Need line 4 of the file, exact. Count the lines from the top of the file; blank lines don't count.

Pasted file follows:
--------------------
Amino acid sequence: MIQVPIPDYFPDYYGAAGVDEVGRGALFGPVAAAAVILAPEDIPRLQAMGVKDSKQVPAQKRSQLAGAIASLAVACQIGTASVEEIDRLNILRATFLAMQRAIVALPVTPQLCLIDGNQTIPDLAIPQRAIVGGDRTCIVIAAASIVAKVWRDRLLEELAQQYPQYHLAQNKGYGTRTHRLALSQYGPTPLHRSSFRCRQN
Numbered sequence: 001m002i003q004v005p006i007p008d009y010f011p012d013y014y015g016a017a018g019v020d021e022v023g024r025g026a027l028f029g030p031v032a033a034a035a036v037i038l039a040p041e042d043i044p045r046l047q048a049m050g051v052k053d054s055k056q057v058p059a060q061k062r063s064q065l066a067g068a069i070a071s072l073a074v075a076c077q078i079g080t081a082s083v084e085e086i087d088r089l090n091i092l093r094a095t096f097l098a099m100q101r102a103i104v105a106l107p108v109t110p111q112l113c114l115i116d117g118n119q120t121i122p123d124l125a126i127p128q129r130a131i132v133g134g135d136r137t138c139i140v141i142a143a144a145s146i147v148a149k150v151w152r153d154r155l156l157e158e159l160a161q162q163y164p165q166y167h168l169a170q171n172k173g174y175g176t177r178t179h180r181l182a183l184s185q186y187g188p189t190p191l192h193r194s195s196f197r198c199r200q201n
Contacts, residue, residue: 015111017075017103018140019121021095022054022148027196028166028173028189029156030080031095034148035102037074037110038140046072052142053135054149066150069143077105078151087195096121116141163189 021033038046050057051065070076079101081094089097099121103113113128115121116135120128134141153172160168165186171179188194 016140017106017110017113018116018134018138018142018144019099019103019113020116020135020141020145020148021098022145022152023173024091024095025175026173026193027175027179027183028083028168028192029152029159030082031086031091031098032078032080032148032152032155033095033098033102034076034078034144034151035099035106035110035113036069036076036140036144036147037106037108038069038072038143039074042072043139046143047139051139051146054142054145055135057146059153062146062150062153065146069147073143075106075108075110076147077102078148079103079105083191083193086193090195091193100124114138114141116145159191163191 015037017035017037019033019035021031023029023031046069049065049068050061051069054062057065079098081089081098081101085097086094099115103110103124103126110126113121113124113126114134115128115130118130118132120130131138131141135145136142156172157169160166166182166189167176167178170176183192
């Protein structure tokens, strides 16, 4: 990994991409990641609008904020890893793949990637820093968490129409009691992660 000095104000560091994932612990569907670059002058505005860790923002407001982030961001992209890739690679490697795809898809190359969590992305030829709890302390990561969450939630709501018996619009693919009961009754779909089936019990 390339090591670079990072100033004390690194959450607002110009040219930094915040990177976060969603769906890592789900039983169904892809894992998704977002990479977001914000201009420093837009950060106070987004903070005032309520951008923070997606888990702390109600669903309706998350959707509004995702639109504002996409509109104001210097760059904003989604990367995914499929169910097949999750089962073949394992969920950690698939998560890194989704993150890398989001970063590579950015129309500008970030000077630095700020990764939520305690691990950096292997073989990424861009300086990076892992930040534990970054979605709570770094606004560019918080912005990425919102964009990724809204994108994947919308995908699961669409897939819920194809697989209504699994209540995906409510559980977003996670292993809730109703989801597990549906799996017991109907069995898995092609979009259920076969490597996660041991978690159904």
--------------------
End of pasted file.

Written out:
């Protein structure tokens, strides 16, 4: 990994991409990641609008904020890893793949990637820093968490129409009691992660 000095104000560091994932612990569907670059002058505005860790923002407001982030961001992209890739690679490697795809898809190359969590992305030829709890302390990561969450939630709501018996619009693919009961009754779909089936019990 390339090591670079990072100033004390690194959450607002110009040219930094915040990177976060969603769906890592789900039983169904892809894992998704977002990479977001914000201009420093837009950060106070987004903070005032309520951008923070997606888990702390109600669903309706998350959707509004995702639109504002996409509109104001210097760059904003989604990367995914499929169910097949999750089962073949394992969920950690698939998560890194989704993150890398989001970063590579950015129309500008970030000077630095700020990764939520305690691990950096292997073989990424861009300086990076892992930040534990970054979605709570770094606004560019918080912005990425919102964009990724809204994108994947919308995908699961669409897939819920194809697989209504699994209540995906409510559980977003996670292993809730109703989801597990549906799996017991109907069995898995092609979009259920076969490597996660041991978690159904």